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Armenian Genocide commemoration in Glendale ends on note of unity and acceptance

Dressed in traditional Armenian costumes, the Zvartnots Dance Ensemble waved their hands in sync to the sounds of an old folk song, highlighting the tenor voice of singer Komitas — his melancholic tunes mirrored the unsettling chaos and suffering experienced in the Armenian Genocide of 1915.

The dance performance was part of the 18th annual Armenian Genocide commemorative event on Wednesday, hosted by the city of Glendale, which has a large and active Armenian community.

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During the event, there were stories of survivors of the Armenian Genocide.

Glendale Mayor Ara Najarian spoke about his grandfather, Harout, whose childhood love, Tefriz, was forced by an older Turkish neighbor named Ali to become his unwedded wife at the tender age of 12.

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Najarian said Ali took often beat Tefriz if she refused to do as he said. There was nothing that Harout could do, because he, too, was Armenian.

The mayor also spoke of the heartbreak of people seeing their loved ones killed, including a wealthy community leader named Artin Agha of Peril in the Kharpert region of historic Armenia, whose wife and children were beaten and stoned to death right before his eyes.

Najarian’s two stories reminded attendees of the past, while other speakers prompted the crowd to look at the other side of the issue — raising awareness of the genocide and fighting for recognition.

The killings of the Armenians lasted several years, during which an estimated 1.5 million men, women and children perished in the hands of the Ottoman Empire, which today is Turkey.

The killing techniques used were called “inhumane and cruel” by historians.

State Sen. Anthony Portantino (D-La Cañada Flintridge) said his passion for spreading the word of the Armenian Genocide comes from his childhood, when his Italian immigrant mother told the horrors of the orphaned Armenian children.

“While survivors suffered with trauma, they shared with the world the inhumane crimes they witnessed and endured,” Portantino said. “I feel connected to those stories.”

In his speech, Portantino vowed to push the story forward. “The atrocities can never be undone. But through the appropriate embrace of history, Armenians can heal,” he said.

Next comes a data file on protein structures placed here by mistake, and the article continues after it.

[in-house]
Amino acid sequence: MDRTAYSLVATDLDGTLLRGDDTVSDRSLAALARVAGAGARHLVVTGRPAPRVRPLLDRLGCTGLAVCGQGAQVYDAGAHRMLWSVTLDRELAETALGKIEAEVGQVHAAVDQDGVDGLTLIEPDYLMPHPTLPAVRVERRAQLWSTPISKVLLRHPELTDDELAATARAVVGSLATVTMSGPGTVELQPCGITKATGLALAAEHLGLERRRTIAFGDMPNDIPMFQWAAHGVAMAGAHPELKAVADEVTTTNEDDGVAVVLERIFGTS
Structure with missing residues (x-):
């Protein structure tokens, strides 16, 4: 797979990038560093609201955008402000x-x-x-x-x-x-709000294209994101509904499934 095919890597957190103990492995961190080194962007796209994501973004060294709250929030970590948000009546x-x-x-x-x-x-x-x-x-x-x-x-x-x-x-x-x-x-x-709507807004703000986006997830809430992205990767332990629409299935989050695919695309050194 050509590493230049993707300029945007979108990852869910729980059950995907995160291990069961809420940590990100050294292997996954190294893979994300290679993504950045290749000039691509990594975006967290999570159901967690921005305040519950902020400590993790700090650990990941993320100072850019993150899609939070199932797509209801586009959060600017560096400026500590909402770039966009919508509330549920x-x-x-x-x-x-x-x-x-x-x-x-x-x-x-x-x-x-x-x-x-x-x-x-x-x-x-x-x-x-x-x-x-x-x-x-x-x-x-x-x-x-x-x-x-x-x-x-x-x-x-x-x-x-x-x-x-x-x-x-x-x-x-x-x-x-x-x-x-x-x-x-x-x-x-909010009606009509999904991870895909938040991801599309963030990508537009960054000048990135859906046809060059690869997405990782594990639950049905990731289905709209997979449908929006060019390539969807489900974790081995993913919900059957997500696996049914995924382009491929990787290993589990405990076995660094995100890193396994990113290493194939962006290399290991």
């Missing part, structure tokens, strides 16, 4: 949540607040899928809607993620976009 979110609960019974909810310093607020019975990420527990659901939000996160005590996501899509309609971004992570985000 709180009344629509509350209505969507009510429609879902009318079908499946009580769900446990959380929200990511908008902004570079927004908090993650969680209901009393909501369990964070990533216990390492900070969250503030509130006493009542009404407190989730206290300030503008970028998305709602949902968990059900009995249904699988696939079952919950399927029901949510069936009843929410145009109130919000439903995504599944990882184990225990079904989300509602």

Rep. Adam Schiff (D-Burbank) has advocated for years for the United States to formally recognize the Armenian Genocide.

“Armenian[s] were rounded up to be exterminated…as part of what was described all-too-accurately as an effort to annihilate an entire people,” Schiff said. “Still, here we are; in the strongest nation on Earth, in an America which does not recognize the Armenian Genocide through its government.”

He expressed his concern the American government has failed its Armenian citizens. Schiff said he has battled against a “vigorously-funded denial campaign, organized by the Turkish government,” adding that governmental recognition oftentimes has more to do with business than morality.

Armen Baibourtian, Armenia’s consul general in Los Angeles and keynote speaker at the event, told a story that echoed Schiff’s viewpoint.

During a diplomatic conference in Rome in 1998, Baibourtian came across a pamphlet published by the Italian Foreign Ministry, referring to the Armenian Genocide as “the first of its kind in the 20th century.”

Baibourtian asked his Italian colleagues why they printed that, despite their government’s resistance to recognize the genocide.

“This is a fact that everyone acknowledges, but the position of governments and parliaments is a formality,” Baibourtian said he was told.

The consul general went on to commend those in differing government positions, who continuously challenge the breakage of those “formalities,” in order for a moral resolution to occur.

“Today, 49 out of 50 states have recognized the Armenian Genocide, but to my knowledge, only 10 are required to teach students about [it],” Baibourtian said. “Raising awareness is of paramount importance.”

Glendale Unified became the first school district in the country to establish a non-instructional day on April 24 to honor the Armenians killed during the genocide.

In addition, the city of Los Angeles has named the month of April as Genocide Awareness Month.

In the city of Glendale, from the development of the upcoming Armenian-American Museum to the renaming of a two-block portion of Maryland Avenue to Artsakh Avenue, City Councilman Zareh Sinanyan said he thinks the Armenian community is slowly building its legacy in local community, in Armenia and around the world.

The commemorative event ended on a positive note of unity and acceptance. An Armenian band came together with two of Glendale Community College’s choirs to perform a version of “Erebuni Yerevan,” a song dedicated to the Armenian capital and its significance to the people of Armenia.

Marian Sahakyan is a contributor to Times Community News.

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